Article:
1 Reply Latest reply: Apr 16, 2008 6:55 PM by MalcolmDwyer
MalcolmDwyer Level 1 Level 1 (10 points)
I understand how to change the prompt in Terminal.app as described here:


Looking elsewhere I've seen how to include different colors in the prompt:
My prompt without color:
PS1="\h(\w) \$ "
and with color:
PS1="\e[1;36m\h\e[33m(\w) \$\e[0m "

That's hostname in cyan, followed by the path in yellow, then the $, then back to default color for whatever gets typed.

The problem is that whenever I include these escape characters for colored text, the line wrap no longer works properly in Terminal.app. Specifically, when the command extends past the end of the line, the terminal doesn't scroll to the next line... it just wraps back to the beginning of the same line (erasing it in the process). Backspacing to before the wrap then seems to try to undo the linefeed it never got, so I end up one line above where I started.

Also, when using up-arrow to go back into history if there are any of these long lines, it seems to get confused about where it should start writing the command... as though they are being pushed forward on the line by those escaped characters (that shouldn't add any length to the line).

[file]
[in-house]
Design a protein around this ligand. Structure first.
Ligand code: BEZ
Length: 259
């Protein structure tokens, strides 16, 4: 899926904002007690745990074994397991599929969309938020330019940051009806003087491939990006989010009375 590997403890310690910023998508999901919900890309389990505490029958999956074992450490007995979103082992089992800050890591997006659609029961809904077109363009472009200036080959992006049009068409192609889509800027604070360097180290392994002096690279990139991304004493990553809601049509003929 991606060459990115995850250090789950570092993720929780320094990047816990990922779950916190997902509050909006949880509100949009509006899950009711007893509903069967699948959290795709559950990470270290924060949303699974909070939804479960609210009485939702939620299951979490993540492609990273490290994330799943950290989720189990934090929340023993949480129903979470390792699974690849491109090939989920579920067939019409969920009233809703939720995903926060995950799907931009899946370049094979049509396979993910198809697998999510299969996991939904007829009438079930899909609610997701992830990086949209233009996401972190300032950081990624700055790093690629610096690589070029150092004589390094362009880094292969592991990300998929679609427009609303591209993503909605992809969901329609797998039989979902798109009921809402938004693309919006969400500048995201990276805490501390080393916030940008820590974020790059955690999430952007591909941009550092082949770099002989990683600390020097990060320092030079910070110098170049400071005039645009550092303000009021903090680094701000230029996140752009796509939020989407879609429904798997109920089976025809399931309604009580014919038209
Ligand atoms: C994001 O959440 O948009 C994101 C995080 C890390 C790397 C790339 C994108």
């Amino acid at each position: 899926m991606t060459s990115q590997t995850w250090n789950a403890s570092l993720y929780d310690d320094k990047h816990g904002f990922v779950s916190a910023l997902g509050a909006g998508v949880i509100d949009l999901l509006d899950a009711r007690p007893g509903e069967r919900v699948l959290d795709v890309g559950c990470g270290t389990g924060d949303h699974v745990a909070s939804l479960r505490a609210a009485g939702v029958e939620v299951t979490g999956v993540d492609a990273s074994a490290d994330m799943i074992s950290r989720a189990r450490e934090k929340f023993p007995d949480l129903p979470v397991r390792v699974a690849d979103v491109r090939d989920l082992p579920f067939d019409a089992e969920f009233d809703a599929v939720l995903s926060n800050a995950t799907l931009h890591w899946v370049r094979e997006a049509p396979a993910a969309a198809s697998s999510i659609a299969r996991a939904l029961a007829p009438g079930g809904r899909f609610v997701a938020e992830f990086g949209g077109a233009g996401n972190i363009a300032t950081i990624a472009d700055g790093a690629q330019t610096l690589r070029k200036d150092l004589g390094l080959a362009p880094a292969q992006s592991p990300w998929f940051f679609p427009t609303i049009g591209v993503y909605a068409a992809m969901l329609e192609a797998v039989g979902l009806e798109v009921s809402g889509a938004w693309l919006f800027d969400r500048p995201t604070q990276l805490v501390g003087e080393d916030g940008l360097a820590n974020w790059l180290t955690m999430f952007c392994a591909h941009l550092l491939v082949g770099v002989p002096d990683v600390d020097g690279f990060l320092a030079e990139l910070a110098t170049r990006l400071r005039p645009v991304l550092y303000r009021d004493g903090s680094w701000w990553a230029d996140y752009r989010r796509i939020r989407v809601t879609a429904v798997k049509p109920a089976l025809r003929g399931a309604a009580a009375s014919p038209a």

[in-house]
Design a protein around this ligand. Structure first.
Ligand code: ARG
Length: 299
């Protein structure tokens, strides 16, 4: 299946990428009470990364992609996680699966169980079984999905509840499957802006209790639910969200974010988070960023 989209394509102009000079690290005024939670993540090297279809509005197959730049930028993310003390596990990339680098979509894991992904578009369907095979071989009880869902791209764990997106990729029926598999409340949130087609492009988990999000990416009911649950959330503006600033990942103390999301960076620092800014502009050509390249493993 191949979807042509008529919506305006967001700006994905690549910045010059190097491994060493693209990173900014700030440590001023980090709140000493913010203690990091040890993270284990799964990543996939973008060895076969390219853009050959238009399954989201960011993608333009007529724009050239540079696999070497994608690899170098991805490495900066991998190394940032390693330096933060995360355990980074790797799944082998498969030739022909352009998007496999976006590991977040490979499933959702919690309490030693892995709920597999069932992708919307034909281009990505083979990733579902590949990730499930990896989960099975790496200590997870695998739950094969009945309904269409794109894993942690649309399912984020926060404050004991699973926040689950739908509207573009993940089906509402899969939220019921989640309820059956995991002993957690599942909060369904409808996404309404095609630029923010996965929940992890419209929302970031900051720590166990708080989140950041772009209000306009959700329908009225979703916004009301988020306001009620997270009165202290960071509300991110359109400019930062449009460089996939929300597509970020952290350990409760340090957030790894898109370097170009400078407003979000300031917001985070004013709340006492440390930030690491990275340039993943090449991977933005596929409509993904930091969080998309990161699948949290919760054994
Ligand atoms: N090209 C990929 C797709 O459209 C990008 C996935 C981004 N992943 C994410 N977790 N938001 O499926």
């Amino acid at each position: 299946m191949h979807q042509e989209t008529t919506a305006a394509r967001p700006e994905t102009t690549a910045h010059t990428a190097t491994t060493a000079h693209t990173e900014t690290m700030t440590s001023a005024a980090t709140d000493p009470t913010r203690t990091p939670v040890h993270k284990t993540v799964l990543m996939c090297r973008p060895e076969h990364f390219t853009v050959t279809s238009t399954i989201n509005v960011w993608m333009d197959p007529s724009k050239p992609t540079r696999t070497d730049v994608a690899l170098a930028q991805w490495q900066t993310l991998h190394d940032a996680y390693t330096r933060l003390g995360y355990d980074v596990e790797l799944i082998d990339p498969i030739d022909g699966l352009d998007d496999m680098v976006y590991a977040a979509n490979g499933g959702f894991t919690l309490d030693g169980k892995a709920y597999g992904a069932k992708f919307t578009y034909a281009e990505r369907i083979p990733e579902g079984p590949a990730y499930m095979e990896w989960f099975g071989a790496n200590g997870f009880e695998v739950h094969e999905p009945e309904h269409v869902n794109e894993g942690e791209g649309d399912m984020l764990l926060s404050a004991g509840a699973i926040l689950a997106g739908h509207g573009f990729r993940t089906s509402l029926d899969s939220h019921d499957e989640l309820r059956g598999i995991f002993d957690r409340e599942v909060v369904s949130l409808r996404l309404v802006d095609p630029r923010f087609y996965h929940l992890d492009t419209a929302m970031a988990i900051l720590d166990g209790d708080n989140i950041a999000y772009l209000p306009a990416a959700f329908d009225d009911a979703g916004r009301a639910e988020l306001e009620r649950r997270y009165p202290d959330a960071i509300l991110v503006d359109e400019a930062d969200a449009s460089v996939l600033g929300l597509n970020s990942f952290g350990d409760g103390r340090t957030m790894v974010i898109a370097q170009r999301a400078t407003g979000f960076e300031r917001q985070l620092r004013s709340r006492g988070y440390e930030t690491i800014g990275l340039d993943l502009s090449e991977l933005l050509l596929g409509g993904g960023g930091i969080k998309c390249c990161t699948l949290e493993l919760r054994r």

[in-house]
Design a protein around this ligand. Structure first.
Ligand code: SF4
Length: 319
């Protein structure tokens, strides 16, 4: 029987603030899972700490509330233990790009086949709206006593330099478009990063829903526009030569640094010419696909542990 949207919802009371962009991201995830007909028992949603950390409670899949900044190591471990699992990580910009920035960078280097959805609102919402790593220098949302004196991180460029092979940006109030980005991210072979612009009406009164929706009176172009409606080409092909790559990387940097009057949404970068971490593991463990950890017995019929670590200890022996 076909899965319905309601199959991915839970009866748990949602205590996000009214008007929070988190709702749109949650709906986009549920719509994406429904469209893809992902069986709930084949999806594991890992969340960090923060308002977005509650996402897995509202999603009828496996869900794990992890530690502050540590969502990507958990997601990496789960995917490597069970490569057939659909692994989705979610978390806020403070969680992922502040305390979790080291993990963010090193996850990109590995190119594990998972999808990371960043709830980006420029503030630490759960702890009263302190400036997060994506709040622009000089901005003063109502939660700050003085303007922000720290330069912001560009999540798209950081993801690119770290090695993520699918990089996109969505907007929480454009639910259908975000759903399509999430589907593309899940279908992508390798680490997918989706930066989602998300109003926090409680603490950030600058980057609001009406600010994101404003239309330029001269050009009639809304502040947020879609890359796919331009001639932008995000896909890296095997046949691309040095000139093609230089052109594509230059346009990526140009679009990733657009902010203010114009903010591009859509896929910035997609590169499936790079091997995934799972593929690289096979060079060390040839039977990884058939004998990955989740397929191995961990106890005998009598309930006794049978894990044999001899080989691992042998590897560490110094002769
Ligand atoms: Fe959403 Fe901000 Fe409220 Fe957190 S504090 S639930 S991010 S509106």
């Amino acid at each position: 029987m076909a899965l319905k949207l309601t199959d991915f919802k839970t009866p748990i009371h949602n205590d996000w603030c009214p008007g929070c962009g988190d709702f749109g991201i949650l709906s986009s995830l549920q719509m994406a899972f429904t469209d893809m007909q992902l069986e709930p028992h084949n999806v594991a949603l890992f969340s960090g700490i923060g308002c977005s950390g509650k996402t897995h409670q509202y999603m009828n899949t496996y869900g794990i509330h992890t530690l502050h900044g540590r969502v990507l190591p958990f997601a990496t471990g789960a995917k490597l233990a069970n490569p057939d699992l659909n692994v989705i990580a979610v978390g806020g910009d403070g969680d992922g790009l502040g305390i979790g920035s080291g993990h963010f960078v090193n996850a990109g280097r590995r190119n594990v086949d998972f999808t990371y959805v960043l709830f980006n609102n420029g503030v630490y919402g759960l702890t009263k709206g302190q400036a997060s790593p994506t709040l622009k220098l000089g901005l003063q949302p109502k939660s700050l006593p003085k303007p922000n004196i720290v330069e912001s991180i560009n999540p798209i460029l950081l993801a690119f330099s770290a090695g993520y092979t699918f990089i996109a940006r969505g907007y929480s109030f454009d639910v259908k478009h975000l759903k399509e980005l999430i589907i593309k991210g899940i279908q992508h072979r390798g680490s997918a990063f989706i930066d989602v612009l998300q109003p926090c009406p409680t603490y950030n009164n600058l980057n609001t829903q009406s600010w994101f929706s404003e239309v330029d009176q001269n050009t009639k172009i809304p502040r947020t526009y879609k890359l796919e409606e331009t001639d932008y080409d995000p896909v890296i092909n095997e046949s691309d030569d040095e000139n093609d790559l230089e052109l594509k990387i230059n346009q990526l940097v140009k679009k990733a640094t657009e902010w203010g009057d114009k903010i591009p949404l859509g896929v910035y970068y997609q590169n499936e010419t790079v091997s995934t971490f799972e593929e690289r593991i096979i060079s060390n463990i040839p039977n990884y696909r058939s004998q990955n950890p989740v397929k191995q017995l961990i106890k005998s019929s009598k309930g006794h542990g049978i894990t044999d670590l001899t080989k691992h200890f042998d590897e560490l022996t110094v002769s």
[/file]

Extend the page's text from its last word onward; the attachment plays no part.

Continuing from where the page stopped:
The program logic is fine... a given series of keystrokes always does the correct thing. It is just not being displayed correctly.

I've tried a few different ways of including the escape character, but any that work and give me colors, also cause this wrapping problem.

A quick test:
put the following into your ~/.bash_profile:
export PS1="\e[1;36m\h\e[33m(\w) \$\e[0m "

Open a new terminal window (you should see the cyan and yellow prompt). Then just hold down the letter 'a'. You should see it get screwed up when the line wraps.

Compare the result with
export PS1="\h(\w) \$ "

I get the same result in both Terminal.app and the xterm included with X11 on apple. However, the prompt works fine for me on cygwin, and any number of terminals on linux.

Looks like a Terminal bug, but I'd be happy to hear of a workaround. I find having the color prompt hugely increases readability... particularly when you have to scroll back through a bunch of error messages on a build. It's always easy to spot where you started the last command.

I've had this problem from 10.4.? to 10.5.2.


Mac OS X (10.5.2), Terminal.app